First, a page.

## Three proofs

In how many ways can you choose a sample of size k from n distinguishable objects?

As is well known, the answer depends on the sampling rules: Does the order of selection matter, or not? Are items allowed to be selected more than once, or not?

Three of the answers are very easy. If order is significant, the answer is nk if repetition is allowed, and the “falling factorial” n(n−1)···(nk+1) if not. If repetition is not allowed and order is not significant, the answer is the preceding number divided by k!, which is the binomial coefficient ${n\choose k}$.

The fourth case is the most difficult. The answer is the “rising factorial” n(n+1)···(n+k−1) divided by k!, which is the binomial coefficient ${n+k-1\choose k}$.

Rosemary and I have assembled three quite different proofs of the last formula for your festive entertainment.

#### First proof

This one I regard as the “standard” proof. A selection of k items from n with repetition allowed is specified by giving the numbers of occurrences of the first, second, … nth object; these numbers must add up to k. We can choose a specification as follows.

Take a row of n+k−1 boxes. Choose n−1 of them, and put “barriers” in these; then k empty boxes remain. Now put copies of the first object in the boxes before the first barrier; copies of the second object in the boxes between the first and second barrier; … and copies of the nth object in the boxes after the last barrier. This gives a selection. Conversely, any selection can be decoded into positions for the barriers. So the required number is ${n+k-1\choose n-1}={n+k-1\choose k}$.

#### Second proof

This proof more directly chooses k distinct objects from a set of n+k−1. The set consists of the given objects A1, … An, together with k−1 “dummy” objects X1, … Xk−1, whose purpose is to tell us about repeats.

Choose a subset of k elements from this set, and order it with the As first (in order), and then the Xs (in order).

If the chosen set of size k consists only of As, then we have a selection with no repeats. If there is just one dummy element, say Xi, then we repeat the ith object in the list. If there are more than one dummy, we repeat the procedure, working from left to right through the set of dummies.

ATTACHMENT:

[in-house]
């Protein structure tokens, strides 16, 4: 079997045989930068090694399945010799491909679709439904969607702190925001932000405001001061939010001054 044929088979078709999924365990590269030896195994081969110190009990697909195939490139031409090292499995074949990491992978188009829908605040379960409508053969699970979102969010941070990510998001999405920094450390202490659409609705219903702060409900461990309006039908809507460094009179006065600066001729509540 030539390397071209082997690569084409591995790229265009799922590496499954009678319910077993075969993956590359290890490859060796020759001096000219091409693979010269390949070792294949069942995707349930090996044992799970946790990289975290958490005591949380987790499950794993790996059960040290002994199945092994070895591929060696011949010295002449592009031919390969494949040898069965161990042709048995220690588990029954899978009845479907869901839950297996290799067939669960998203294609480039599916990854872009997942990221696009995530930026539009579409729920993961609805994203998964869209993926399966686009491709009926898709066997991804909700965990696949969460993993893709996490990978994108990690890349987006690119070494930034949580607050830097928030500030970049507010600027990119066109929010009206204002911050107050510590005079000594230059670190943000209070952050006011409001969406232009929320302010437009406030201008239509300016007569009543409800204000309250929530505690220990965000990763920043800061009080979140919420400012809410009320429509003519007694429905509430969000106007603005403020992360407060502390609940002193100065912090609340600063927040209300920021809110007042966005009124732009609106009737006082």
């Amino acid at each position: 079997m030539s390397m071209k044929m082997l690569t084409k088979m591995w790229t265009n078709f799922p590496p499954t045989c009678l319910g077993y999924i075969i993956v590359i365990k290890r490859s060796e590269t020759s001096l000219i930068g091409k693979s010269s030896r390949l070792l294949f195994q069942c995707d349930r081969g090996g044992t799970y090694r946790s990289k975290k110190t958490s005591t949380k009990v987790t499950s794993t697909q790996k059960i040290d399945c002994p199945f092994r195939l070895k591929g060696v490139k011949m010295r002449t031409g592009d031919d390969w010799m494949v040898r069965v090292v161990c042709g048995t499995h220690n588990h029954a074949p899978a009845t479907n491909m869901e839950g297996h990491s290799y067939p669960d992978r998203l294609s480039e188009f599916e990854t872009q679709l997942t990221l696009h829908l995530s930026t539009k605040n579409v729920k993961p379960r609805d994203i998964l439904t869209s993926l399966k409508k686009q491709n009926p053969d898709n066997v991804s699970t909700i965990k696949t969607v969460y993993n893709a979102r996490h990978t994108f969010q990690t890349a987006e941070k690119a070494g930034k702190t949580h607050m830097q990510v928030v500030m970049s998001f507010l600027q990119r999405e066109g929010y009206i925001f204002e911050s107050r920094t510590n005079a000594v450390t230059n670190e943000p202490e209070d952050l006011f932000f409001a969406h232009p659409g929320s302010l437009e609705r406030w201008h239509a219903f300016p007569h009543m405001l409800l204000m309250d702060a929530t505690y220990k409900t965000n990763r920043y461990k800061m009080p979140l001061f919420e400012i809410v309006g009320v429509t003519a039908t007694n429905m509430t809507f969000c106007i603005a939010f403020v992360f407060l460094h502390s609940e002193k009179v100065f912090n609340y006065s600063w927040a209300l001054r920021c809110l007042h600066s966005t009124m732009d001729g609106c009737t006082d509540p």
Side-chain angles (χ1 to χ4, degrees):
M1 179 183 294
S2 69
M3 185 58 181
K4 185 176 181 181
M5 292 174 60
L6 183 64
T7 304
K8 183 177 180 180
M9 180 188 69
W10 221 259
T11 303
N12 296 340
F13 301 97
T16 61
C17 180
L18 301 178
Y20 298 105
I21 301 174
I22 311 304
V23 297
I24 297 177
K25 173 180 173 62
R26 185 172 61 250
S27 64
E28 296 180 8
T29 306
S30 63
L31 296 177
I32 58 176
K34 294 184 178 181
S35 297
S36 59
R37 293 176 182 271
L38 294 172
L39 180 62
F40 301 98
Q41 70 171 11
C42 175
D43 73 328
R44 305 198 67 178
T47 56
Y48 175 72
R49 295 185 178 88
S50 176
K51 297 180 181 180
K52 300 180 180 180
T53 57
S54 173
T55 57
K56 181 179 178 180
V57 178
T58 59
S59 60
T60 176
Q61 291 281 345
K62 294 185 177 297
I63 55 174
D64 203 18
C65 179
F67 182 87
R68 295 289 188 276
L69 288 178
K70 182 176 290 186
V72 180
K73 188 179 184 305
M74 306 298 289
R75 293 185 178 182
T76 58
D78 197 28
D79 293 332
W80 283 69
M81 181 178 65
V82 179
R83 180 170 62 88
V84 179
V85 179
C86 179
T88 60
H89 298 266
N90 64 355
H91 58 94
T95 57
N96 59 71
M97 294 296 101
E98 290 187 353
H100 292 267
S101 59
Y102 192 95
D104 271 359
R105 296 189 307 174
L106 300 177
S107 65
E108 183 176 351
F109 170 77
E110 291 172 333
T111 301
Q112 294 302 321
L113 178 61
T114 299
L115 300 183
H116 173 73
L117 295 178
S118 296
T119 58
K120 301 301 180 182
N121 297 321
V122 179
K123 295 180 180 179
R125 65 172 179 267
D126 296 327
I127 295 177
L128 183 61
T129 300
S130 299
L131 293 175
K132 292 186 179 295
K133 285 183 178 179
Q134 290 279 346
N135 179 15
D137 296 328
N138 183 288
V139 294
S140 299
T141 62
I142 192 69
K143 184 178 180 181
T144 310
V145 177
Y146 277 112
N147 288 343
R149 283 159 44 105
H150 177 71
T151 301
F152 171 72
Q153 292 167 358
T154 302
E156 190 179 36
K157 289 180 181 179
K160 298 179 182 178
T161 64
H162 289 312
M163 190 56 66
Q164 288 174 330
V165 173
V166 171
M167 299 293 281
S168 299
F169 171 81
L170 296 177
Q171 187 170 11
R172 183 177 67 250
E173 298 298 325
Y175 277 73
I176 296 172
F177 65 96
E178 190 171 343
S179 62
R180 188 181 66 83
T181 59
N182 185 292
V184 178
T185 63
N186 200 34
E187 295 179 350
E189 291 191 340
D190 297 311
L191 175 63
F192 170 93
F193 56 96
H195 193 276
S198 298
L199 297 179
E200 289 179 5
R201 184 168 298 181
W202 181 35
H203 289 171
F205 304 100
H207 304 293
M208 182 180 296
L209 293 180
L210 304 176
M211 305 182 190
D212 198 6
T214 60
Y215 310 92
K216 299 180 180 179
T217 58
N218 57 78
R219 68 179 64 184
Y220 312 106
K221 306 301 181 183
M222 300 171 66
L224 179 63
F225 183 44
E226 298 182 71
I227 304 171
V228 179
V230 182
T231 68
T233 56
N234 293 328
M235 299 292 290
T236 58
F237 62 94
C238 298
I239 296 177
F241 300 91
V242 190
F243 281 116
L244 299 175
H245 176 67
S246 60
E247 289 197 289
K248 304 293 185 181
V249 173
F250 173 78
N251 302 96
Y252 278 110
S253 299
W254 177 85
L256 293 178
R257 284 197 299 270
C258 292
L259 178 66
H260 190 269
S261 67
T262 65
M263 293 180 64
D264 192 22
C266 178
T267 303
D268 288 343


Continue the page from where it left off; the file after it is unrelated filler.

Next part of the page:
For example, A1A3X1X2 is translated first into A1A1A3X2, and then into A1A1A1A3; for A1A3X1X3, the first step is the same but at the second step we obtain A1A1A3A3.

It is slightly more difficult to show that this gives the required bijection.

#### Third proof

This proof is by induction.

One reason for having more than one proof is that different proofs may give different extra information. It follows from the preceding proof that the number of selections which involve just m distinct objects is ${n\choose m}{k-1\choose k-m}$, since the As chosen in the first step are all the distinct objects which we see.

Now the Vandermonde convolution shows that

$\sum_m{n\choose m}{k-1\choose k-m}={n+k-1\choose k},$

where the sum is over all m for which the binomial coefficients are non-zero. So in order to prove the formula, it would suffice to have a direct proof of the formula in the second paragraph.

This can be done as follows. Clearly ${n\choose m}$ is the number of ways of choosing the m objects which actually appear. Once they are chose, we have to select k from this set of m in such a way that all of the m objects actually appear. This can be done by first including each object once in the selection, and then choosing km more (with repetitions allowed). Since the numbers are smaller than in the original instance, the induction hypothesis guarantees that the number of ways of doing this is ${m+(k-m)-1\choose k-m}={k-1\choose k-m}$.

I leave the problem of starting the induction to the reader.

I count all the things that need to be counted.
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### 4 Responses to Three proofs

1. sris says:

in the third para, you mean $n^k$ not $nk?$

2. Robin Chapman says:

Another proof is to apply Ehrhart’s theorem to the simplex given by the equation
$0\le x_1\le x_2\le\ldots\le x_n\le 1$.

Of course, this is a bit of a sledgehammer, but Ehrhart’s theorem subsumes
many “combinatorial reciprocity” theorems. Another example is Richard
Stanley’s theorem on acyclic orientations of graphs.

3. Thanks. Nice — but as you realised, I was trying to avoid the heavier sledgehammers.

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